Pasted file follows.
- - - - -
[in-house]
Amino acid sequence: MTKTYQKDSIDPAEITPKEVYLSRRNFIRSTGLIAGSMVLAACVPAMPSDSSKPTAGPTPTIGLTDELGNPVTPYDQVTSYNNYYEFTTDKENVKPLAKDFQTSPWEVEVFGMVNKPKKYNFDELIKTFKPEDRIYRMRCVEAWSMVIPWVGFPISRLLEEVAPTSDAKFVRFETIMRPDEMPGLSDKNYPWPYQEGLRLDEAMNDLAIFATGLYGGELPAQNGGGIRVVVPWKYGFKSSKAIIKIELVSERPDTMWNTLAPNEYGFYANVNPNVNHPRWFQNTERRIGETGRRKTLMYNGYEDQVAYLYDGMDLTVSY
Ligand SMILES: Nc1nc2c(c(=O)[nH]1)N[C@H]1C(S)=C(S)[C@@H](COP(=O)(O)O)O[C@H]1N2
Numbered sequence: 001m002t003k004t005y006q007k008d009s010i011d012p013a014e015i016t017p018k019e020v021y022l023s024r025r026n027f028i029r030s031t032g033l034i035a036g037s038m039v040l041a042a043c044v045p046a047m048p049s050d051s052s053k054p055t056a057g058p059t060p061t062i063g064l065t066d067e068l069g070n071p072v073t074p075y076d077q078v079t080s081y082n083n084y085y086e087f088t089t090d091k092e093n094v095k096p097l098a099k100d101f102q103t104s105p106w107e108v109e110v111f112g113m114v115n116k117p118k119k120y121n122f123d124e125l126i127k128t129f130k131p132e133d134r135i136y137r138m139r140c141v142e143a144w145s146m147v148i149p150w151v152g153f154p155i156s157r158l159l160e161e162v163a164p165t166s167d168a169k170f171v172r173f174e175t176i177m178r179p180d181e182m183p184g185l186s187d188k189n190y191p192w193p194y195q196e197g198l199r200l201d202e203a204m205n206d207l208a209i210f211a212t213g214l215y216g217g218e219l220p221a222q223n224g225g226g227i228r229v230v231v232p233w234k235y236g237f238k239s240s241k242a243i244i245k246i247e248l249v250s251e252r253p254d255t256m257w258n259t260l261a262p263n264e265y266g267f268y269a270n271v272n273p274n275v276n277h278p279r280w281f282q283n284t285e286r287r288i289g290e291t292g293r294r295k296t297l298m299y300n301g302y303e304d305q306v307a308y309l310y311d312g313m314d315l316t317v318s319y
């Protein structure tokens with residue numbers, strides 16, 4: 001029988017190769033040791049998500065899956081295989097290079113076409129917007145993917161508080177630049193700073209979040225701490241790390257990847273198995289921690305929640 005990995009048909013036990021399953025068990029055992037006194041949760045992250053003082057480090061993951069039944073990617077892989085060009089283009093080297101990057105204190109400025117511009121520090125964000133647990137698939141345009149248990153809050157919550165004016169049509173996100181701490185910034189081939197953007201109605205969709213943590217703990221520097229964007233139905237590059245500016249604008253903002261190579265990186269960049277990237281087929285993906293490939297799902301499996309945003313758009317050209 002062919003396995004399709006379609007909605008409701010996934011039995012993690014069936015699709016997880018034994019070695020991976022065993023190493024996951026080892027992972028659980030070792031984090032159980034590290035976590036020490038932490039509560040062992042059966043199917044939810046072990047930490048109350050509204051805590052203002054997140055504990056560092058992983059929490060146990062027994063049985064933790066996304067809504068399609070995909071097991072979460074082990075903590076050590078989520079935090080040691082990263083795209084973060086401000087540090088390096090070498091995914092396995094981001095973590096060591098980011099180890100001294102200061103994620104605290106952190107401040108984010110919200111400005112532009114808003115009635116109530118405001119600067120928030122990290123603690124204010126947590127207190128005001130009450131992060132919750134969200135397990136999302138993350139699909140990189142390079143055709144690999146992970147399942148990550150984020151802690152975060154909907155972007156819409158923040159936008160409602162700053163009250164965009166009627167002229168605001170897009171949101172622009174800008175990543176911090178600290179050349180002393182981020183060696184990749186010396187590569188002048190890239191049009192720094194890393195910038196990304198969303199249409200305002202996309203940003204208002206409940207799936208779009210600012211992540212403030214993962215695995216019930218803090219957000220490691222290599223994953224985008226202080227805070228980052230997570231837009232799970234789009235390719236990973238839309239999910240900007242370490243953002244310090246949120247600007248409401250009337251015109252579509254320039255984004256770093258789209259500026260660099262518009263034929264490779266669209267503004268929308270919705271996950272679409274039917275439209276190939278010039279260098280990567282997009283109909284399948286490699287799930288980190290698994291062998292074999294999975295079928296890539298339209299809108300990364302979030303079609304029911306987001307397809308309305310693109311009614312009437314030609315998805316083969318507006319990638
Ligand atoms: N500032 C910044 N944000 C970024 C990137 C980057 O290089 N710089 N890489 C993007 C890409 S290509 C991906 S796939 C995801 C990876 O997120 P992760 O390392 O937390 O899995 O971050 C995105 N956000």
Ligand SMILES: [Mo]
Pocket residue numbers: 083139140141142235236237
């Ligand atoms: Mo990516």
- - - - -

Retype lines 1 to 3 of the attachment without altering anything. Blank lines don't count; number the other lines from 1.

[in-house]
Amino acid sequence: MTKTYQKDSIDPAEITPKEVYLSRRNFIRSTGLIAGSMVLAACVPAMPSDSSKPTAGPTPTIGLTDELGNPVTPYDQVTSYNNYYEFTTDKENVKPLAKDFQTSPWEVEVFGMVNKPKKYNFDELIKTFKPEDRIYRMRCVEAWSMVIPWVGFPISRLLEEVAPTSDAKFVRFETIMRPDEMPGLSDKNYPWPYQEGLRLDEAMNDLAIFATGLYGGELPAQNGGGIRVVVPWKYGFKSSKAIIKIELVSERPDTMWNTLAPNEYGFYANVNPNVNHPRWFQNTERRIGETGRRKTLMYNGYEDQVAYLYDGMDLTVSY
Ligand SMILES: Nc1nc2c(c(=O)[nH]1)N[C@H]1C(S)=C(S)[C@@H](COP(=O)(O)O)O[C@H]1N2